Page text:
As a reminder, the purpose of THIS topic (as adjusted from the original purpose) is to find the optimum atmospheric pressure in a greenhouse on Mars to provide plants with the optimum availability of CO2 using ONLY Martian atmosphere as the input.

It is assumed that some moisture will be needed to supplement the Martian atmosphere which will otherwise be too dry.

(th)

Last edited by tahanson43206 (2020-02-13 15:03:02)

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#34 2020-02-13 14:39:49

Terraformer
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Re: Agriculture Study Mars Pure CO2 Greenhouse

I think it was RobertDyck who posted something quite a while back about plants surviving pressures as low as 100mb, provided they receive enough water.


"I guarantee you that at some point, everything's going to go south on you, and you're going to say, 'This is it, this is how I end.' Now you can either accept that, or you can get to work." - Mark Watney

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#35 2020-02-13 14:49:16

tahanson43206
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Re: Agriculture Study Mars Pure CO2 Greenhouse

For Terraformer re #34

Thanks for your contribution to the topic, and for the tip about RobertDyck's insight!

The purpose of THIS topic is (now) twofold ...

Originally the topic was created to find plants that could thrive at a full Earth-normal atmospheric pressure where the atmosphere consisted of compressed Martian atmosphere.  The preliminary result reported earlier in this topic is there exist (at present) no such plants.

SpaceNut has taken the topic in a somewhat different direction, and I'm going along with it because it shows promise of arriving at a useful result.  The new direction is to find the pressure of Martian atmosphere in a greenhouse that will match the abundance of CO2 presented to the surface of a leaf on Earth (that abundance is between 390 and 1000 ppm at Earth normal pressure and Earth gas mixture).

I am hoping SpaceNut (or someone else) will take the new branch of the topic over the finish line.

The result would be a number for the atmospheric pressure in a greenhouse where plants are provided the optimum amount of CO2 to thrive, using ONLY Martian atmosphere as the feedstock.

Hopefully the result will reveal an atmospheric pressure to sustain a human being without a pressure suit, although that human being will (of course) be wearing an oxygen mask.  The "magic" number is a number equal to or less than of the altitude of Mount Everest, where humans can function without a pressure suit, but while wearing an oxygen mask.  The looked-for greenhouse environment would NOT be as cold or windy as Mount Everest, of course.  It would instead be operated at a balmy 70 degrees Fahrenheit or so, and with sufficient humidity to match the ideal growing conditions for the plants.

I just found a link to a study of plant success in simulated Martian regolith. The original source of the material reported in the article is here: https://www.degruyter.com/view/j/opag.2 … 9-0051.xml

The university site offers a pdf download which (I presume) will include details of the study.

(th)

Last edited by tahanson43206 (2020-02-13 14:56:23)

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#36 2020-02-13 17:16:06

SpaceNut
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Re: Agriculture Study Mars Pure CO2 Greenhouse

Have added in the mbar values in red.
The 100mb is reduced earth pressure so its mixed gasses.
Mars is only at 1/10th for psi or just 10mb for a near all co2 value.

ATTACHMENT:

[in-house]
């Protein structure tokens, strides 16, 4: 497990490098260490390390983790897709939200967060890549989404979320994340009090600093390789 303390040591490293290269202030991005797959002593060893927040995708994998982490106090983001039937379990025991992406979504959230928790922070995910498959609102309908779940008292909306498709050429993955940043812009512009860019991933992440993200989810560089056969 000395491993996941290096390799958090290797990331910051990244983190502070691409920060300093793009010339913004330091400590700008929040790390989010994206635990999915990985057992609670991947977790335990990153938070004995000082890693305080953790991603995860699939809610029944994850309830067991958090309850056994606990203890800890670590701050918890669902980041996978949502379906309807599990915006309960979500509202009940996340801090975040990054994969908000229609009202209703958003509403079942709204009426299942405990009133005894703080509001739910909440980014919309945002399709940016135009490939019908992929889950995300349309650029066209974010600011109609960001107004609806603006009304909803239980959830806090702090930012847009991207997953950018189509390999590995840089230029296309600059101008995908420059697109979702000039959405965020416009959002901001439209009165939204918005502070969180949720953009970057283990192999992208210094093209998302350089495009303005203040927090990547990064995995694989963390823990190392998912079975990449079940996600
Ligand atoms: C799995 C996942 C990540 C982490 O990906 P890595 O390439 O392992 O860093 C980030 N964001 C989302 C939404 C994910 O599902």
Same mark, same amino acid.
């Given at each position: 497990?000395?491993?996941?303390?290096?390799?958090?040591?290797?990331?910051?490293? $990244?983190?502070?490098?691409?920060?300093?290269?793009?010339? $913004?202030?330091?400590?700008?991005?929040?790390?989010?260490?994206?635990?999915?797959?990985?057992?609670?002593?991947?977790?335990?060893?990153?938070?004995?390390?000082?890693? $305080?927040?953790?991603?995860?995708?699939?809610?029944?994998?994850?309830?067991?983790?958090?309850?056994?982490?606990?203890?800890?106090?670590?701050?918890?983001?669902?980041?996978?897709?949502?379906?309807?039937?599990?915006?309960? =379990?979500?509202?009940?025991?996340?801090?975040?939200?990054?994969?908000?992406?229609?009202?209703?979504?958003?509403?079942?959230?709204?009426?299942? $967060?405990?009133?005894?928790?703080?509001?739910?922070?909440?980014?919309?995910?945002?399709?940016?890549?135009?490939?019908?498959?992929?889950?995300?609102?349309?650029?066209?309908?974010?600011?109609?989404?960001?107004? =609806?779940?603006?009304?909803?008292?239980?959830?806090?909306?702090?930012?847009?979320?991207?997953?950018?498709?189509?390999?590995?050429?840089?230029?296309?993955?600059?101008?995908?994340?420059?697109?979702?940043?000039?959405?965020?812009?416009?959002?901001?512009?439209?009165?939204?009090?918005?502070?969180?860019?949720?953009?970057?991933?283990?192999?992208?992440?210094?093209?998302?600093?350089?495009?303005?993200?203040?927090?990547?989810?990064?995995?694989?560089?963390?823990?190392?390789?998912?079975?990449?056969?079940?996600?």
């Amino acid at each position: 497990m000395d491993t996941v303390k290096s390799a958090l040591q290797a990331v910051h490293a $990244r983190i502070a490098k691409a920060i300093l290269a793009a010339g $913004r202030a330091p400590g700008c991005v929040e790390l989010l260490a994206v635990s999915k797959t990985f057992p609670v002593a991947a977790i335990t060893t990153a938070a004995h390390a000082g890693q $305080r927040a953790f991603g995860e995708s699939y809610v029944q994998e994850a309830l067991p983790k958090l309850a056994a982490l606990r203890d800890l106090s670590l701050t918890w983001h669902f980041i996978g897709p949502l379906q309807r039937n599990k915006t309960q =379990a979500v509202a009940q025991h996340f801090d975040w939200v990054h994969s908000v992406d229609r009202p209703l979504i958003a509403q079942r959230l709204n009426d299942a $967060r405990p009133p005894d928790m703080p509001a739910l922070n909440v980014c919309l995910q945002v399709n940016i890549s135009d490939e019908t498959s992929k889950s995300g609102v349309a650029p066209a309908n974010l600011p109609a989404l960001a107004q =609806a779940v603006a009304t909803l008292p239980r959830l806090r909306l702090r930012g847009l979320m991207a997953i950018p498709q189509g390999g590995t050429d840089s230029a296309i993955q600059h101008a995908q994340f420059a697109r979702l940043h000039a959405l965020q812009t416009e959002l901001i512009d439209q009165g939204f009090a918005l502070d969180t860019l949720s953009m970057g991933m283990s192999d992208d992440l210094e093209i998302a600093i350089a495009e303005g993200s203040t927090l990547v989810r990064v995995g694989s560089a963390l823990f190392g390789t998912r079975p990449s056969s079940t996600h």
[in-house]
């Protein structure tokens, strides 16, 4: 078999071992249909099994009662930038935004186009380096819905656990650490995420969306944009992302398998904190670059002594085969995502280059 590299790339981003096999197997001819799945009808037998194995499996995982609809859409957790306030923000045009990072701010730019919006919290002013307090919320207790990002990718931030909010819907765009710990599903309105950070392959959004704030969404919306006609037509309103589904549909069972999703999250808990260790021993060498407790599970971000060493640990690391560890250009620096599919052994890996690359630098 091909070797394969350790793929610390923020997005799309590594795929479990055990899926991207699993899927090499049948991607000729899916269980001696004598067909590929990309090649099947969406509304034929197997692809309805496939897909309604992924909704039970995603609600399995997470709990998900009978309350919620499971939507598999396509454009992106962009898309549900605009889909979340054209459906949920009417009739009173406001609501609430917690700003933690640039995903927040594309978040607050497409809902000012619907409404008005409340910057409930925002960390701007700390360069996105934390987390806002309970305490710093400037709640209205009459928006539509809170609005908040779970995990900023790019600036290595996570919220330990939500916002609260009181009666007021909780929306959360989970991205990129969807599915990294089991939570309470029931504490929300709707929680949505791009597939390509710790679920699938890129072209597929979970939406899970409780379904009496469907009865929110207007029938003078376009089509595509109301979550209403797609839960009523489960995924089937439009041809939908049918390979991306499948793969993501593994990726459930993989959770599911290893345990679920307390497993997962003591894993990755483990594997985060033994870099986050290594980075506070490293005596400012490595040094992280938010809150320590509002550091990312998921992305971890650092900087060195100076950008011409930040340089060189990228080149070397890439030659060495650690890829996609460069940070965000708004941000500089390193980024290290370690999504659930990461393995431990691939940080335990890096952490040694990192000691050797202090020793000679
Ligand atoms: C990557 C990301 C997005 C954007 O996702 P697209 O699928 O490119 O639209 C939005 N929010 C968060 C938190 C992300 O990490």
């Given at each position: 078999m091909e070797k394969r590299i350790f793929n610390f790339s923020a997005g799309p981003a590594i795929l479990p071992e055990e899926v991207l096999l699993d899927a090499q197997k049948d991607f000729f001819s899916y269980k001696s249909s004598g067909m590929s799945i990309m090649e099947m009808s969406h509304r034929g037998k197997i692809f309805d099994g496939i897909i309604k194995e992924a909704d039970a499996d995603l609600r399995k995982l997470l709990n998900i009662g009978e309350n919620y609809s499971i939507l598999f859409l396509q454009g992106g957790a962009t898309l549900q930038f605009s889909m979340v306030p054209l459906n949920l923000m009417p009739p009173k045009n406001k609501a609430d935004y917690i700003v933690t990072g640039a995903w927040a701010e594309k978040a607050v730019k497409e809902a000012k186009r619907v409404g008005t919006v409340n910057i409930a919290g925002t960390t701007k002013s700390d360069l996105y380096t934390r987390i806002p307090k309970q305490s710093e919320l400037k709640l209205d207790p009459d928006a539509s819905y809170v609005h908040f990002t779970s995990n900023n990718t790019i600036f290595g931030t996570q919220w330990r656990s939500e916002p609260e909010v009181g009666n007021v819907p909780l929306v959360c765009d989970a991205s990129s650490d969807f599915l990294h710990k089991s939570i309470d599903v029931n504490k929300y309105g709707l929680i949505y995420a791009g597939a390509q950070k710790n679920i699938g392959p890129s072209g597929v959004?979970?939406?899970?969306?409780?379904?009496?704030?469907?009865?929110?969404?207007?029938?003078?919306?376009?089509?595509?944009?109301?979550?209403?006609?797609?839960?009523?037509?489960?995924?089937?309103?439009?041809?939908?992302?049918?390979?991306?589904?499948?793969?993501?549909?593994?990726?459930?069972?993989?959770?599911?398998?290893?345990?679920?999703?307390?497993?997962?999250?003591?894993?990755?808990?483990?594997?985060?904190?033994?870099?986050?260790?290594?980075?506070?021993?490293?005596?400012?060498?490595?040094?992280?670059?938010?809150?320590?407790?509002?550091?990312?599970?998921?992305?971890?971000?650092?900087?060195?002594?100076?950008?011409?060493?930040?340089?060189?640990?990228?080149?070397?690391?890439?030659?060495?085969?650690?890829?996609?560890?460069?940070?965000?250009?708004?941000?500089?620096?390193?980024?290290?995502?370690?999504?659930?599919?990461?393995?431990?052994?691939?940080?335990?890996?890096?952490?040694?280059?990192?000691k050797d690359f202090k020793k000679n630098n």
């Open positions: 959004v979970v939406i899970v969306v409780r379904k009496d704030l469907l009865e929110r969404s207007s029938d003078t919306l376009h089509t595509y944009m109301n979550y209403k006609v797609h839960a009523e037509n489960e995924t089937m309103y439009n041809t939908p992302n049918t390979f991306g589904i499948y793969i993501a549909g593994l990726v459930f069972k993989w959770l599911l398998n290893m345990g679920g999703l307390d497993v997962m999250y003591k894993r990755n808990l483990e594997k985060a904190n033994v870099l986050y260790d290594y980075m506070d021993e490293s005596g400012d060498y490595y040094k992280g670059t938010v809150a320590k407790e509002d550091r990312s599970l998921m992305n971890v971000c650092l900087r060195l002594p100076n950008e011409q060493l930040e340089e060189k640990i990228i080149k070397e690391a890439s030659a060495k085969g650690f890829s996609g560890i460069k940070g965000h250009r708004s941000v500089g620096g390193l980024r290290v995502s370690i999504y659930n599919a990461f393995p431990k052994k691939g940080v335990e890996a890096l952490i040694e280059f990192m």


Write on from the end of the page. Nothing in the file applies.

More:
That said what would you like the other 90mb in the greenhouse to be as the value for the PPM is above.

Botanical literature reveals that plants demand Oxygen for root respiration. This could limit the introduction of most plants on Mars until after terraforming has raised the atmospheric pO2 to 20-100 mbar even in a greenhouse.

https://www.ncbi.nlm.nih.gov/pubmed/17155885
Exposure of Arabidopsis thaliana to hypobaric environments: implications for low-pressure bioregenerative life support systems for human exploration missions and terraforming on Mars.

https://plantmethods.biomedcentral.com/ … 015-0088-0
How well do you know your growth chambers? Testing for chamber effect using plant traits

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#37 2020-02-13 18:42:56

tahanson43206
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Re: Agriculture Study Mars Pure CO2 Greenhouse

For SpaceNut re #36

By any chance, did you mean 1000mb in this post?

Quote from Google:

Search Results
Featured snippet from the web
The standard, or near-average, atmospheric pressure at sea level on the Earth is 1013.25 millibars, or about 14.7 pounds per square inch. The gauge pressure in my automobile tires is a little more than twice that value.

What is the average air pressure at the surface of the Earth?
iridl.ldeo.columbia.edu › dochelp › Basic › atmos_press

For Mars, the figure you cited in #36 looks similar to this;

Quote from Google:

Relative to Earth, the air on Mars is extremely thin. Standard sea-level air pressure on Earth is 1,013 millibars. On Mars the surface pressure varies through the year, but it averages 6 to 7 millibars.

Atmosphere - Mars Education | Developing the Next ...

(th)

Last edited by tahanson43206 (2020-02-13 18:46:13)

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#38 2020-02-13 19:05:06

SpaceNut
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Re: Agriculture Study Mars Pure CO2 Greenhouse

That was the reduced chamber pressure at the 100mb levels which are the low pressure steps needed to not pressurize a greenhouse to earth pressures as that requires a higher level of building to make it possible. It is still a partial mix of earth gasses in that chamber.

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#39 2020-02-13 19:34:17

tahanson43206
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Re: Agriculture Study Mars Pure CO2 Greenhouse

For SpaceNut re #38

Thanks for explaining where the 100 mb figure came from.

The purpose of this discussion (as I am trying to carry it forward) is to find a pressure to match the needs of the plants.

The 100 mb limit appears to come from an engineering limit of some kind.